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Powered Industrial Trucks Standard; Extension of the Office of Management and Budget's (OMB) Approval of Information Collection (Paperwork) Requirements

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Occupational Safety and Health Administration (OSHA), Labor.


Request for public comment.


OSHA solicits comments concerning its proposal to extend OMB approval of the information collection requirements contained in the Powered Industrial Truck Standard (29 CFR 1910.178). The information collection requirements addresses truck design, construction, and modification, as well as certification of training and evaluation for truck operators.


Comments must be submitted (postmarked, sent, or received) by May 6, 2008.


Electronically: You may submit comments and attachments electronically at, which is the Federal eRulemaking Portal. Follow the instructions online for submitting comments.

Facsimile: If your comments, including attachments, are not longer than 10 pages, you may fax them to the OSHA Docket Office at (202) 693-1648.

Mail, hand delivery, express mail, messenger, or courier service: When using this method, you must submit three copies of your comments and attachments to the OSHA Docket Office, Docket No. OSHA-2008-0003, U.S. Department of Labor, Occupational Safety and Health Administration, Room N-2625, 200 Constitution Avenue, NW., Washington, DC 20210. Deliveries (hand, express mail, messenger, and courier service) are accepted during the Department of Labor's and Docket Office's normal business hours, 8:15 a.m. to 4:45 p.m., e.t.

Instructions: All submissions must include the Agency name and OSHA docket number for the ICR (OSHA-2008-0003). All comments, including any personal information you provide, are placed in the public docket without change, and may be made available online at For further information on submitting comments see the “Public Participation” heading in the section of this notice titled SUPPLEMENTARY INFORMATION.”

Docket: To read or download comments or other material in the docket, go to or the OSHA Docket Office at the address above. All documents in the docket (including this Federal Register notice) are listed in the index; however, some information (e.g., copyrighted material) is not publicly available to read or download through the Web site. All submissions, including copyrighted material, are available for inspection and copying at the OSHA Docket Office. You may also contact Theda Kenney at the address below to obtain a copy of the ICR.

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Theda Kenney or Todd Owen, Directorate of Standards and Guidance, OSHA, U.S. Department of Labor, Room N-3609, 200 Constitution Avenue, NW., Washington, DC 20210; telephone (202) 693-2222.

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I. Background

The Department of Labor, as part of its continuing effort to reduce paperwork and respondent (i.e., employer) burden, conducts a preclearance consultation program to provide the public with an opportunity to comment on proposed and continuing information collection requirements in accordance with the Paperwork Reduction Act of 1995 (44 U.S.C. 3506(c)(2)(A)). This program ensures that information is in the desired format, reporting burden (time and costs) is minimal, collection instruments are clearly understood, and OSHA's estimate of the information collection burden is accurate. The Occupational Safety and Health Act of 1970 (the OSH Act) (29 U.S.C. 651 et seq.) authorizes information collection by employers as necessary or appropriate for enforcement of the Act or for developing information regarding the causes and prevention of occupational injuries, illnesses, and accidents (29 U.S.C. 657). The OSH Act also requires that OSHA obtain such information with minimum burden upon employers, especially those operating small businesses, and to reduce to the maximum extent feasible unnecessary duplication of efforts in obtaining information (29 U.S.C. 657).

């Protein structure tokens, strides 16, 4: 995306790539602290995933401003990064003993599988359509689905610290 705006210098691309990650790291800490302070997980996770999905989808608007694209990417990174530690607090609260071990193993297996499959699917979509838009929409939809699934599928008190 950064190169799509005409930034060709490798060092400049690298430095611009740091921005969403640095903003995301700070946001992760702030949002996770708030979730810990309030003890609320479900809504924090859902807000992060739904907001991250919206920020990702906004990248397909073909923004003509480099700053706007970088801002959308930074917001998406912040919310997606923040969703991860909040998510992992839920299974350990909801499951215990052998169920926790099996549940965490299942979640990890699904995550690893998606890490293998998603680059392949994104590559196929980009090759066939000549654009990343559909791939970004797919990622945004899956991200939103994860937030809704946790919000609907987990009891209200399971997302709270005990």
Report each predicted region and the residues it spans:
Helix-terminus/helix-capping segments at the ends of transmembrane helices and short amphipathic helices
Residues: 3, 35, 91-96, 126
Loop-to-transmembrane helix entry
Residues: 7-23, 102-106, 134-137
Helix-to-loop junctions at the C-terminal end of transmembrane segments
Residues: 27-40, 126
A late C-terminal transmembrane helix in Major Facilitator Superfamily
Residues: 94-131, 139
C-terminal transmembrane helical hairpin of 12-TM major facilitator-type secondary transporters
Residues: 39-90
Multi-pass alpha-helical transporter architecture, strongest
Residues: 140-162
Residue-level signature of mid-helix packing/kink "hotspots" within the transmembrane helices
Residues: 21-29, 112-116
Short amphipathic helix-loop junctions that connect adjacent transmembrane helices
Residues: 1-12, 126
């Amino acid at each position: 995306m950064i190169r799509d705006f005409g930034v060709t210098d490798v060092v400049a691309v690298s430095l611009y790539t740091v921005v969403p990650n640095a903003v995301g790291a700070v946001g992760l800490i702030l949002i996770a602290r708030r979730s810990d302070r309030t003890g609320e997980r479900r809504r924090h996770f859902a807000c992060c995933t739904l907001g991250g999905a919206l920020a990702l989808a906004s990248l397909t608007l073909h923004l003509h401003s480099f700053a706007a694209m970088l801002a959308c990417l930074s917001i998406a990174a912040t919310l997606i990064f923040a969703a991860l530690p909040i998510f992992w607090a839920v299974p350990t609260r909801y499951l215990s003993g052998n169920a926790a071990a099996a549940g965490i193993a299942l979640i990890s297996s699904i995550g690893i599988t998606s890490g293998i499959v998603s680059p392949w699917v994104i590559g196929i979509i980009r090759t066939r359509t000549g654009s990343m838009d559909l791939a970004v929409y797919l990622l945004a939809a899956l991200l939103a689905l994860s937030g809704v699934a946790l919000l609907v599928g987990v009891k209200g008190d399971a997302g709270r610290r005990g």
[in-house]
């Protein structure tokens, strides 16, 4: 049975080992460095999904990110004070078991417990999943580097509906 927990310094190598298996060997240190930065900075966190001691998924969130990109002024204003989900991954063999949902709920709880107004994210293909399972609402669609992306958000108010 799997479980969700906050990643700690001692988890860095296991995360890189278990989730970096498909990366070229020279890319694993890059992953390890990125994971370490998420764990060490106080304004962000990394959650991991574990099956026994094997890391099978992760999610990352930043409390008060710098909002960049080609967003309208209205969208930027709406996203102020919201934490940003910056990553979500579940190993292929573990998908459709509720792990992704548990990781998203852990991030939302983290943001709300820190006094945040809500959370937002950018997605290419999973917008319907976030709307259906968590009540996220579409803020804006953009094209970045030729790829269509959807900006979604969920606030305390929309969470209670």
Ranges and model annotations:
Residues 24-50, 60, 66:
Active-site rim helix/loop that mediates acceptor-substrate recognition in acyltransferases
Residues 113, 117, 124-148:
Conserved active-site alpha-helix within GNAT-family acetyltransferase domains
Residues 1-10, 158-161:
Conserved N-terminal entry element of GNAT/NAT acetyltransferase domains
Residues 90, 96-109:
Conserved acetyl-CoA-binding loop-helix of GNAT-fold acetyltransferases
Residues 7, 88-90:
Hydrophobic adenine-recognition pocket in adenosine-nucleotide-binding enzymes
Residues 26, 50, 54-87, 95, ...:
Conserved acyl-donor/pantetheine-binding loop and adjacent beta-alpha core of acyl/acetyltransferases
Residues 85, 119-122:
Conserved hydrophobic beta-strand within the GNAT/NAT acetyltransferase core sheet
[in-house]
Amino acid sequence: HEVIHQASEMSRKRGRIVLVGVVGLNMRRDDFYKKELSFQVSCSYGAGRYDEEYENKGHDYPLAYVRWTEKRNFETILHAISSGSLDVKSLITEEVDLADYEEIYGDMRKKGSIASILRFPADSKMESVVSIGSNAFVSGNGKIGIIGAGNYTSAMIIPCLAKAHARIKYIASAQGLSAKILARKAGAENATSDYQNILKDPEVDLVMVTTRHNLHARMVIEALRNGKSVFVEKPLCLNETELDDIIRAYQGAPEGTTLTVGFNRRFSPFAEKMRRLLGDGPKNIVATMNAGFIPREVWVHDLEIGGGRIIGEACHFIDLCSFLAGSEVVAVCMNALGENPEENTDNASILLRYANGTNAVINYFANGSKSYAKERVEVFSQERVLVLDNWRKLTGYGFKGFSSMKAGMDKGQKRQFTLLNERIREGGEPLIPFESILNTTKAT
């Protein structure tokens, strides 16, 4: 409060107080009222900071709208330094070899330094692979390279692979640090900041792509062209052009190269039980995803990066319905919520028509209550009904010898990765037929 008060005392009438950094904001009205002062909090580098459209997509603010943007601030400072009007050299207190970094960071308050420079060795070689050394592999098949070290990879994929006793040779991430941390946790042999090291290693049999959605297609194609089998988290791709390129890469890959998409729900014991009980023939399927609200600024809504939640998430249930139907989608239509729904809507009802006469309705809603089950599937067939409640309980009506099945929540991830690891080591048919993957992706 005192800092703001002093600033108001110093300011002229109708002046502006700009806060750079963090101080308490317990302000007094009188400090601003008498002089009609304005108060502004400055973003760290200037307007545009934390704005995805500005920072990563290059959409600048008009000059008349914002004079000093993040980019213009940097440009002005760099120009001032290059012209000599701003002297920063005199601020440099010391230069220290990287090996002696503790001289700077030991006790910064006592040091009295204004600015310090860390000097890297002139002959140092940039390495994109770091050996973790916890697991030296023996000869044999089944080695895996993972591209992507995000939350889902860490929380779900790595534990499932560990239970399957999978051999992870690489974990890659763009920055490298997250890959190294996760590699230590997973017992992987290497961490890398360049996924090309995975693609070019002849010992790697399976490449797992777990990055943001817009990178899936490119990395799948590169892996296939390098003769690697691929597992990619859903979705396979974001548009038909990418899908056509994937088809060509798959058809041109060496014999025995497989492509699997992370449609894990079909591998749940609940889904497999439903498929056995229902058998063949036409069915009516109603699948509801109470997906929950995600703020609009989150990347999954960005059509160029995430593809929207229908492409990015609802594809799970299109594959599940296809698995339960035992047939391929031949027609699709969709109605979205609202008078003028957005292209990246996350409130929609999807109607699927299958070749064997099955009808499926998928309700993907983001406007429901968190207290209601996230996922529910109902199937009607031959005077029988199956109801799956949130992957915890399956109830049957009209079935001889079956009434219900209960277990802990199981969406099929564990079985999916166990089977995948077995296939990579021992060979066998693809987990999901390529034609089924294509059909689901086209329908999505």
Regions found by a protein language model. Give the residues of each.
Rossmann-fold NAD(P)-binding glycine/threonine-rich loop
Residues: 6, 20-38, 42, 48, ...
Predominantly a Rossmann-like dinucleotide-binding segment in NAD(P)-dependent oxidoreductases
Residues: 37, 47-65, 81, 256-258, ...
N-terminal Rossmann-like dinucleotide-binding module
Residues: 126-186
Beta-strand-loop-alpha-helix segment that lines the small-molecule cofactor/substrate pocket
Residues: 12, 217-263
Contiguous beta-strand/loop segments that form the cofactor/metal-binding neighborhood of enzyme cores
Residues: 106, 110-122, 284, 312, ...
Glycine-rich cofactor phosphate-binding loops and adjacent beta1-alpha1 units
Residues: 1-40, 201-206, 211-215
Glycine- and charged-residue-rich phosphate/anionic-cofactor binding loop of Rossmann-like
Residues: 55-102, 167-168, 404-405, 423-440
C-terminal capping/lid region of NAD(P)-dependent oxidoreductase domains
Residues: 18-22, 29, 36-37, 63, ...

Paragraph (a)(4) requires that employers obtain the manufacturer's written approval before modifying a truck in a manner that affects its capacity and safe operation; if the manufacturer grants such approval, the employer must revise capacity, operation, and maintenance instruction plates, tags, and decals accordingly. For front-end attachments not installed by the manufacturer, paragraph (a)(5) mandates that employers provide a marker on the trucks that identifies the attachment, as well as the weight of both the truck and the attachment when the attachment is at maximum elevation with a laterally centered load. Paragraph (a)(6) specifies that employers must ensure that the markers required by paragraphs (a)(3) through (a)(5) remain affixed to trucks and are legible.

Paragraphs (l)(1) through (l)(6) of the Standard contain the paperwork requirements necessary to certify the training provided to powered industrial truck operators. Accordingly, these paragraphs specify the following requirements for employers: Start Printed Page 12469

  • Paragraph (l)(1)—Ensure that trainees successfully complete the training and evaluation requirements of paragraph (l) prior to operating a truck without direct supervision.
  • Paragraph (l)(2)—Allow trainees to operate a truck only under the direct supervision of an individual with the knowledge, training, and experience to train operators and to evaluate their performance, and under conditions that do not endanger other employees. The training program must consist of formal instruction, practical training, and evaluation of the trainee's performance in the workplace.
  • Paragraph (l)(3)—Provide the trainees with initial training on each of 22 specified topics, except on topics that the employer demonstrates do not apply to the safe operation of the truck(s) in the employer's workplace.
  • Paragraphs (l)(4)(i) and (l)(4)(ii)—Administer refresher training and evaluation on relevant topics to operators found by observation or formal evaluation to operate a truck unsafely, involved in an accident or near-miss incident, or assigned to operate another type of truck, or if the employer identifies a workplace condition that could affect safe truck operation.